David Caplan is the Charles M. Weis Chair in English and the Associate Director of Creative Writing. His scholarly interests include poetics and contemporary poetry. He has published four books: Questions of Possibility: Contemporary Poetry and Poetic Form (Oxford University Press, 2004), Poetic Form: An Introduction (Longman, 2006), In the World He Created According to His Will (poems) (University of Georgia Press/VQR Poetry Series, 2010), and Rhyme’s Challenge: Poetry, Hip Hop, and Contemporary Rhyming Culture (Oxford University Press, 2014).
Caplan serves as a contributing editor to the Virginia Quarterly Review and to Pleiades: A Journal of New Writing, and as an affiliated researcher (Chercheur Affilié) at the Centre Interdisciplinaire de Poétique Appliquée. Twice he has been a Fulbright Lecturer in American Literature at the University of Liège. He also was the National Endowment for the Humanities Post-Doctoral Fellow in Poetics at the Bill and Carol Fox Center for Humanistic Inquiry at Emory University. His other honors include the 2012 Emily Clark Balch Prize for Poetry, given to the best poem or group of poems that the Virginia Quarterly Review published during the year, the Welch Award for Scholarly or Artistic Achievement, and an Ohio Arts Council Individual Excellence Award in Criticism.
Presses Universitaires de Liège (Belgium) will publish a French edition of his book, Questions of Possibility, as well as an essay collection titled On Rhyme that he is editing. His other current projects include American Poetry: A Very Short Introduction (under contract to Oxford University Press) and a second poetry collection.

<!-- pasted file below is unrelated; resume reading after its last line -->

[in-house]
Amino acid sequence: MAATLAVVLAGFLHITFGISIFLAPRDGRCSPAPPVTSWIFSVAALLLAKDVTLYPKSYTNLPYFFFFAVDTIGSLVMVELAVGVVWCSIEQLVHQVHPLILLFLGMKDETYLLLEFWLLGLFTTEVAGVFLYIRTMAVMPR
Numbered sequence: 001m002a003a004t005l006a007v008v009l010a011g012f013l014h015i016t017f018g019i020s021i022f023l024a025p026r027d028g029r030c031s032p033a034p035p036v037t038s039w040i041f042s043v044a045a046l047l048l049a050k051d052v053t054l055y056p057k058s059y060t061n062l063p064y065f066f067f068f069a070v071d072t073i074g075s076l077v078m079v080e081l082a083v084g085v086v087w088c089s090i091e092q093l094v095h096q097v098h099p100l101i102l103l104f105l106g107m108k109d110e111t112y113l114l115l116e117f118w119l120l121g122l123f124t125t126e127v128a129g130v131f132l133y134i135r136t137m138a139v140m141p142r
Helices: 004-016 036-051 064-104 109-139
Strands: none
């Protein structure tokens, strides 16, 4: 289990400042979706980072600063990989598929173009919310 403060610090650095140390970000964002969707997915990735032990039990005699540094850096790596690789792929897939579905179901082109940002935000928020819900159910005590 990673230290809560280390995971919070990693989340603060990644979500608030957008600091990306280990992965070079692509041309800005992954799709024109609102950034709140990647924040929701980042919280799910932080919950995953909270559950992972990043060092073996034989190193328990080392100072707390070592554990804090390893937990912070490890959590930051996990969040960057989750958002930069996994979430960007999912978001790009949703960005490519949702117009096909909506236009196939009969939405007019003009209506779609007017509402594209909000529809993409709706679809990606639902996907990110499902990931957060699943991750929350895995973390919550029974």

Is Hip-Hop Poetry?
The question is often asked, “Is hip hop poetry?” Answers generally follow a certain pattern. To call hip hop “poetry” is to praise it, to commend it as insightful or artful. To reject hip hop as poetry is to condemn it as shallow or poorly written. On both sides of the debate, then, “poetry” often acts as an honorific term.
A closer examination of the issue, however, suggests a third possibility, one I explore in my book, Rhyme’s Challenge: Hip Hop, Poetry, and Contemporary Rhyming Culture.
Literary history shows that the term “poetry” varies across cultures and time periods. Forms and themes, which certain cultures and periods define as essential, are rare in others. No one definition of “poetry” holds true.
Relatively few contemporary poets use patterned rhyme; almost all view rhyme as optional, if not unappealing. In contrast, very few hip hop artists do not rhyme. Sharpening the contrast, hip hop artists revel in the most audacious rhymes, the cobbling together of diverse material. They favor the particular kinds of rhymes that most contemporary poets specifically avoid.
If the presence of these flamboyant rhymes distinguishes hip hop from contemporary poetry, it also suggests what a consideration of hip hop adds to the study of contemporary poetry. Hip hop’s difference clarifies what is missing. Judged according to contemporary practice, hip hop may not be poetry, but that is what makes it such a powerful model. Hip hop inspires attentive listeners to reconsider the pleasures and opportunities rhyme offers and reintroduce them back into our poetry.